• The Madhya Pradesh (and Chhattisgarh) Civil Services Rules, 1965, prohibit demonstrations and strikes by government servants. It directs the competent authorities to treat the durations as unauthorised absence.
  • The Supreme Court in Delhi Police v. Union of India (1986) upheld the restrictions to form associations by the members of the non-gazetted police force as per the Police Forces (Restriction of Rights) Act, 1966.
    • The court held that while the right to freedom of association is fundamental, recognition of such association is not a fundamental right. 
    • Parliament can by law regulate the working of such associations by imposing conditions and restrictions on their functions
  • In T.K. Rangarajan v. Government of Tamil Nadu (2003), the Supreme Court held that the employees have no fundamental right to resort to strike. 
    • Further, there is a prohibition to go on strike under the Tamil Nadu Government Servants’ Conduct Rules, 1973. 
    • The court said that government employees cannot hold society to ransom by going on strike
Need of the bill:
  • Security of the Nation: It is meant to provide for the maintenance of essential defense services to secure the security of the nation. These restrictions are essential, considering the rise in Chinese assertiveness at the border and fear of Taliban intrusion in the Kashmir region.
  • Self-Reliance: The ordnance factories form an integrated base for the indigenous production of defense hardware and equipment. The bill would boost domestic production of defense equipment, as it gives greater powers to the government for ensuring an uninterrupted supply.
  • Efficiency and Accountability: With greater powers, the government would be able to enforce its decision of corporatization of ordnance factories, which is needed to improve the efficiency and accountability of ordnance factories.
    • In June the government announced the corporatization of the Ordnance Factory Board. 
    • Under this, the 41 factories providing ammunition and other equipment to the armed forces will become part of seven government-owned corporate entities.
  • Procedural Requirement: The President had already promulgated the Essential Defence Services Ordinance, 2021 in June 2021. As per Article 123 of the constitution, the ordinance shall be laid before both Houses of Parliament. 
    • It shall cease to operate at the expiration of six weeks from the reassembly of Parliament, unless passed before it.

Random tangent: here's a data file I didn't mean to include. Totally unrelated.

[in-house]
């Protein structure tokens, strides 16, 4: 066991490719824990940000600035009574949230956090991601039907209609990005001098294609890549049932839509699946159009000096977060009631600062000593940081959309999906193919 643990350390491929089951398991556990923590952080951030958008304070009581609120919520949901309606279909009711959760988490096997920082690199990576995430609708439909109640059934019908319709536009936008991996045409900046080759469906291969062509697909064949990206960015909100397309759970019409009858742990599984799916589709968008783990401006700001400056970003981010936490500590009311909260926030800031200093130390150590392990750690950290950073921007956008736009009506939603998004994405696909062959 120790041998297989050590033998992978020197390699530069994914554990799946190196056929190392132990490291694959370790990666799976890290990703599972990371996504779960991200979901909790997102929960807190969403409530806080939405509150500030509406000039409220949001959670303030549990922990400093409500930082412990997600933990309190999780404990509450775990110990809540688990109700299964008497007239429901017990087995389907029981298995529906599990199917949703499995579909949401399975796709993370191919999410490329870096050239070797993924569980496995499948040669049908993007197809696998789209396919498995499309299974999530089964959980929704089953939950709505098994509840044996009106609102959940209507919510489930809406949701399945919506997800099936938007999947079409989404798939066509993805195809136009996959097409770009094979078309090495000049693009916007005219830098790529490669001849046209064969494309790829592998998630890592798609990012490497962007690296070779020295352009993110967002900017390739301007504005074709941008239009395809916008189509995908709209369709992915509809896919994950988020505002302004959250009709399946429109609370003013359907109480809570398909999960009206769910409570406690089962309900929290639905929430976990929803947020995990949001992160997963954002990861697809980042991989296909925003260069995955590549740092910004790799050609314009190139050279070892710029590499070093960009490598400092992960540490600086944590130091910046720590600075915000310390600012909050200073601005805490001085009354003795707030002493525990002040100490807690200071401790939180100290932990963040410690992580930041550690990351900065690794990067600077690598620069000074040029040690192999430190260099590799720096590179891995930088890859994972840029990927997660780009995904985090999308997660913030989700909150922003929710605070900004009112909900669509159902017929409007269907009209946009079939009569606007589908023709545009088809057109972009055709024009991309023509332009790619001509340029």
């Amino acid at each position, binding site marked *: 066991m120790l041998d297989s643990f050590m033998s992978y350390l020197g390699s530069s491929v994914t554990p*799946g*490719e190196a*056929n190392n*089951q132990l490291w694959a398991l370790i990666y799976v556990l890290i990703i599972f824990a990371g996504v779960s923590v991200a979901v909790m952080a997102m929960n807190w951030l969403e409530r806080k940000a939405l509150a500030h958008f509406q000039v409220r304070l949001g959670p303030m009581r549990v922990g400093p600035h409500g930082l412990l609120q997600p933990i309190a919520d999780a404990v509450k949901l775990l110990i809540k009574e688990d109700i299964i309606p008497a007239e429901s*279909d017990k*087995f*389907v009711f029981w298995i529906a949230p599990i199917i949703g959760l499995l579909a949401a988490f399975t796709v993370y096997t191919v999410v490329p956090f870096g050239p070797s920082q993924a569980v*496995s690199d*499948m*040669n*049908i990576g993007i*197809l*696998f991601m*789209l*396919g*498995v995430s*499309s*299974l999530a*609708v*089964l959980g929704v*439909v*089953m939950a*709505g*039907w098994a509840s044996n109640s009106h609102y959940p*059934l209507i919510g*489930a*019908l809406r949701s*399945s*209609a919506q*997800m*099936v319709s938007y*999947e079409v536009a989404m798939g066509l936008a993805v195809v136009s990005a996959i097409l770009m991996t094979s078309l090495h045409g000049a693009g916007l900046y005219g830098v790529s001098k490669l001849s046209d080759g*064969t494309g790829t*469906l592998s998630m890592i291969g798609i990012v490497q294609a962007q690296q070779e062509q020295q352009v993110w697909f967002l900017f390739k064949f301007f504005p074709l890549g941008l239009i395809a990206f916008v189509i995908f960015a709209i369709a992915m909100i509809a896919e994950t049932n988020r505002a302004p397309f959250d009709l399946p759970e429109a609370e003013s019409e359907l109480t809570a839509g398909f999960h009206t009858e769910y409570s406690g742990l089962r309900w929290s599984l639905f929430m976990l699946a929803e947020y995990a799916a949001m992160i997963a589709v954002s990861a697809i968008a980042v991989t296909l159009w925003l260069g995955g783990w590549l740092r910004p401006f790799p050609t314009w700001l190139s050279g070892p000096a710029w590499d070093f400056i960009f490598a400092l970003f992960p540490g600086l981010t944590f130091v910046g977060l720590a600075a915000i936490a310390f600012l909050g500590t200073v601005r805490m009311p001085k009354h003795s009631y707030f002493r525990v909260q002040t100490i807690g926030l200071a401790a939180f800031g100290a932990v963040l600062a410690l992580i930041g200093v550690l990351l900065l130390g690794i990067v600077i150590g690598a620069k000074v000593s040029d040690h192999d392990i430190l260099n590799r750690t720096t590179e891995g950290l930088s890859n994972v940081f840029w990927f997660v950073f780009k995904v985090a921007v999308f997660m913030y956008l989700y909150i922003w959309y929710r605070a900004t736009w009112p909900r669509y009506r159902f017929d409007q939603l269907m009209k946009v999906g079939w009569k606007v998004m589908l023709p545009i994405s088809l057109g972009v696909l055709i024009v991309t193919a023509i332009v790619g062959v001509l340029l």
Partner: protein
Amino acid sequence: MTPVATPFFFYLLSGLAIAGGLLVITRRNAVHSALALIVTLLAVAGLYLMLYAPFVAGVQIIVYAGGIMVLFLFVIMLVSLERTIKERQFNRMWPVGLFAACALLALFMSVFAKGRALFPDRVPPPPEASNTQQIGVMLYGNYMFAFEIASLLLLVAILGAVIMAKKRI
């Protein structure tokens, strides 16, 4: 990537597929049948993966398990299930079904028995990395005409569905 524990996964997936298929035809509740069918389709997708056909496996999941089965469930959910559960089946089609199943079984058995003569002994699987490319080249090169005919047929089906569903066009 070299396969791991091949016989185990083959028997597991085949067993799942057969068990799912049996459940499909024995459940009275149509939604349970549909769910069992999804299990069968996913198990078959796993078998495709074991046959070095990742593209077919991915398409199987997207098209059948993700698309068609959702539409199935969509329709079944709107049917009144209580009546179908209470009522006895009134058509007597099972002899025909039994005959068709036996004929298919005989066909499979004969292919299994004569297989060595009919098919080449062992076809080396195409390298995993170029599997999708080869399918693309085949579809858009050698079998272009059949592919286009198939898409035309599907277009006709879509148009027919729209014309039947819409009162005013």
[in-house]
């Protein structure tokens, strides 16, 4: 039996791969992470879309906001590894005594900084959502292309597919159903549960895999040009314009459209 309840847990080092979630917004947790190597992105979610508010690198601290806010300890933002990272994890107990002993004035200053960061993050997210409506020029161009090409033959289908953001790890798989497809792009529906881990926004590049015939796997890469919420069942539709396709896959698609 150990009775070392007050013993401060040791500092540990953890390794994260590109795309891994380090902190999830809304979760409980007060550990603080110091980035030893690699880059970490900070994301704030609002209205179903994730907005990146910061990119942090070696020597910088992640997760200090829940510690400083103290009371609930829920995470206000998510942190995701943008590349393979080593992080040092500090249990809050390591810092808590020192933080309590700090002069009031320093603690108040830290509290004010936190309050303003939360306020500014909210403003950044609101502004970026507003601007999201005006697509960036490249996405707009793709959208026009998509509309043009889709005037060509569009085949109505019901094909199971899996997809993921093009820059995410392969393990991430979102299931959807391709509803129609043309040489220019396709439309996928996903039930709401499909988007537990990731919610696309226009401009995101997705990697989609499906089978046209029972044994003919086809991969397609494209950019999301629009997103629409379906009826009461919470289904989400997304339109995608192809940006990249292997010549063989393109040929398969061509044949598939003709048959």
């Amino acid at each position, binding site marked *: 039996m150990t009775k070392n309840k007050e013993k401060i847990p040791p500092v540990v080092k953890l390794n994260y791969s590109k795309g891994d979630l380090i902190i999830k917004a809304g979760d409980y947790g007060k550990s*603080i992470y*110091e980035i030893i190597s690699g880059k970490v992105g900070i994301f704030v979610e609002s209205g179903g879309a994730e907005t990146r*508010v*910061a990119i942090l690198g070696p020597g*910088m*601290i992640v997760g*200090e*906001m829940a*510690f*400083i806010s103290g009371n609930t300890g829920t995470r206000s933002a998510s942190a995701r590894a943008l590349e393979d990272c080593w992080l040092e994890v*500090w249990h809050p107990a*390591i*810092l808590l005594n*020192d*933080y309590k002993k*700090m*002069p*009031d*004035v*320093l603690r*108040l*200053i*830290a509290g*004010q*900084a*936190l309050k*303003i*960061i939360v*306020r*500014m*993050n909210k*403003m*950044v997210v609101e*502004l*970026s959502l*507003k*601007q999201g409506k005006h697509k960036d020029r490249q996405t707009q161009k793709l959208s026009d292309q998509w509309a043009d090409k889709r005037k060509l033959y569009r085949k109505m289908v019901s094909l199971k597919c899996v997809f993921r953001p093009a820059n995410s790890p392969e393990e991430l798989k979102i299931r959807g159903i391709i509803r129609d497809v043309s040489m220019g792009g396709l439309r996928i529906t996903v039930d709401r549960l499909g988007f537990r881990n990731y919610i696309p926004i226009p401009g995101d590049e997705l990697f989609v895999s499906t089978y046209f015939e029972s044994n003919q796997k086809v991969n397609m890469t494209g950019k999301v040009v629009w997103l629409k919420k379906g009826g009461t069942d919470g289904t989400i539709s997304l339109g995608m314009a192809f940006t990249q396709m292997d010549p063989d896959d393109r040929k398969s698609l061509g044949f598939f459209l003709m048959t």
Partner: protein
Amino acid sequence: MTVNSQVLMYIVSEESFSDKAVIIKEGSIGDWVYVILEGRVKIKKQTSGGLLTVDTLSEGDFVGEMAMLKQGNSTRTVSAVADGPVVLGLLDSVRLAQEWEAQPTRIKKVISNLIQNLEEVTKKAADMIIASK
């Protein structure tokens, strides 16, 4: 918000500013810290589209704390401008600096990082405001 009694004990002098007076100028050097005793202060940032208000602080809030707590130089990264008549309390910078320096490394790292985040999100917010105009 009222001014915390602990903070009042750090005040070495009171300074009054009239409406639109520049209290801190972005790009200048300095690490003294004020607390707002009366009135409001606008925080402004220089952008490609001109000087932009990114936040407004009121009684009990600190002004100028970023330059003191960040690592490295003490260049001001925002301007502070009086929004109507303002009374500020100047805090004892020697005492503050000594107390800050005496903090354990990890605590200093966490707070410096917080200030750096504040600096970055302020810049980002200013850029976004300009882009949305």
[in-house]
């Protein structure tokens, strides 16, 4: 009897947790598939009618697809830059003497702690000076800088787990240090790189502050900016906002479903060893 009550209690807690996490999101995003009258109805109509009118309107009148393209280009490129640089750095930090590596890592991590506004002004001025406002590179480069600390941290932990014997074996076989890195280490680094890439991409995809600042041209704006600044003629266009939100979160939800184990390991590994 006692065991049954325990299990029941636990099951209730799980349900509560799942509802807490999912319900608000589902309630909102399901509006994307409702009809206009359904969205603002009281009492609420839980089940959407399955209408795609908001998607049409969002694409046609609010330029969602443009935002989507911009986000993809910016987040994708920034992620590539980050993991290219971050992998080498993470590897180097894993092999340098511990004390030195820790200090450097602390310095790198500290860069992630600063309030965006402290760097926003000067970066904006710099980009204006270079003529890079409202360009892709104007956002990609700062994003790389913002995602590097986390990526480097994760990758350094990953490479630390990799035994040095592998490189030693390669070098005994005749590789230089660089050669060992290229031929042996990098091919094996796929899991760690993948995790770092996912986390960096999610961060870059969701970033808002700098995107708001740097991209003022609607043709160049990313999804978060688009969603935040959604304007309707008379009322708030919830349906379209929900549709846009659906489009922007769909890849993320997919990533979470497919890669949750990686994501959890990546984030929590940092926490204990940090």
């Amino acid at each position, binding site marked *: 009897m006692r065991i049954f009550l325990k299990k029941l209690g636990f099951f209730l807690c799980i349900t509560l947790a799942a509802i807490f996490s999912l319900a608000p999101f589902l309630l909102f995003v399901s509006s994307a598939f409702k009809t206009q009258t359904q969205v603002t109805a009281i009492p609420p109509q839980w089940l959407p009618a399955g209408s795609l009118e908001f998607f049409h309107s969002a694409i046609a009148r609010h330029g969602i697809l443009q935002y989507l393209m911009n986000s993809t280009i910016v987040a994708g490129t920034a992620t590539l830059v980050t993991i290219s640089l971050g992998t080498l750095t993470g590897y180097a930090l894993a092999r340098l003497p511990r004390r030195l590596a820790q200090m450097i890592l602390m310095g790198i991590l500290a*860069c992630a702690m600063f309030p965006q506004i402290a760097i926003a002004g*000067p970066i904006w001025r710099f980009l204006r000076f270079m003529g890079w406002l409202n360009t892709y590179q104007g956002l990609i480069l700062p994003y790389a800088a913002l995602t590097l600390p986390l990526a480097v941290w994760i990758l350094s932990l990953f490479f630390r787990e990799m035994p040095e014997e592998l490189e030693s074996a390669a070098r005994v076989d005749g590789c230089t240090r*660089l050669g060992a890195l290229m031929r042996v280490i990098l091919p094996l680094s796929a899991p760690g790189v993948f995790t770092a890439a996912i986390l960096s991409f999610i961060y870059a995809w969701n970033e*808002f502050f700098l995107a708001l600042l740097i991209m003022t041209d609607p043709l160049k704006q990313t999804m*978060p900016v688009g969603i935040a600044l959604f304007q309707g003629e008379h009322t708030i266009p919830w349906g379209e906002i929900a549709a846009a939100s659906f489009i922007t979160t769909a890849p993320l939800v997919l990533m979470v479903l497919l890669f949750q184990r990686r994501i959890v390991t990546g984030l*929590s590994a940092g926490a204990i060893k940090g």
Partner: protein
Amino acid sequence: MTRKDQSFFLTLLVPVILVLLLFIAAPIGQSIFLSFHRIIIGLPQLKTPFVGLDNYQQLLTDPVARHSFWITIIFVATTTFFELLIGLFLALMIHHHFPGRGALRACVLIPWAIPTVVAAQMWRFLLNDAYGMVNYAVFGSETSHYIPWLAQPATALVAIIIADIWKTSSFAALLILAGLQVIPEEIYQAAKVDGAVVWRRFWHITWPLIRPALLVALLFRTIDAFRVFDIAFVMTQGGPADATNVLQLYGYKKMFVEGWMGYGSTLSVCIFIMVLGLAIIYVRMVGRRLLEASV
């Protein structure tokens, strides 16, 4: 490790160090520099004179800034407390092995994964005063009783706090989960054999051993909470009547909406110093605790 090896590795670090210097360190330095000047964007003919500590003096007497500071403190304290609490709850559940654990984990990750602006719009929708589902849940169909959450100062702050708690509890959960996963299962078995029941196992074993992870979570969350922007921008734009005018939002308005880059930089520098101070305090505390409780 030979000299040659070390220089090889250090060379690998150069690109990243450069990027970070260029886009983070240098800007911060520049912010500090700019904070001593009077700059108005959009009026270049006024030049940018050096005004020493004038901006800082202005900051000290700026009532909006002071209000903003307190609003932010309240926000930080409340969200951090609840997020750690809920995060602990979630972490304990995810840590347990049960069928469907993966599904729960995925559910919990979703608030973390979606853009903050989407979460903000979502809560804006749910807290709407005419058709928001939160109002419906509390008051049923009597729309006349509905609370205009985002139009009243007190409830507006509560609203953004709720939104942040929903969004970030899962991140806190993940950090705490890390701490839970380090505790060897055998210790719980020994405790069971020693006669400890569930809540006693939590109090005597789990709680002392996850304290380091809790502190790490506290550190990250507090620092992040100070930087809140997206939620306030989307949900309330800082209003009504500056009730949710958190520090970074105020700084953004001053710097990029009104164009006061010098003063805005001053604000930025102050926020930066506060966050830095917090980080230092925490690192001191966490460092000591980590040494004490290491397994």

Issues with the bill:
  • First, the employees of the Ordnance Factory Board (OFB) feel that the bill would adversely affect their service conditions. It would curtail their autonomy and reduce their bargaining power by restraining them from going on strikes.
  • Second, it would enhance the trust deficit between the government and 70000 employees of 41 ordnance factories as it has been introduced without due consultation.
  • Third, some experts are taking this bill as a step to enable the privatisation of ordnance factories in the future. This fear is inducing more resistance in the employees against the bill.
  • Fourth, the bill may suppress the genuine demands of employees as it also allows disciplinary action and subsequent removal of a hard-working employee participating in strikes. 
    • Further, the concerned authority is allowed to dismiss or remove the employee without any inquiry, if it is not reasonably practicable to hold such an inquiry.
Suggestions:
  • The government needs to initiate confidence-building measures with the employees of the ordnance factors. This includes conducting more conciliatory talks at the level of the Chief Labour Commissioner.
  • They must consult with employees in order to address their concerns over the bill and explain the benefits and need behind its introduction.
  • The opposition parties should be given a chance to debate over the bill in parliament. They must raise the concerns of employees and get them rectified before the bill gets officially passed. 
Conclusion 

Right to strike empowers labour against powerful public corporate bodies. However, national security can also not be compromised. Thus, the government should find a way to balance labour rights and national security.

Source: The Indian Express and The Hindu, PRS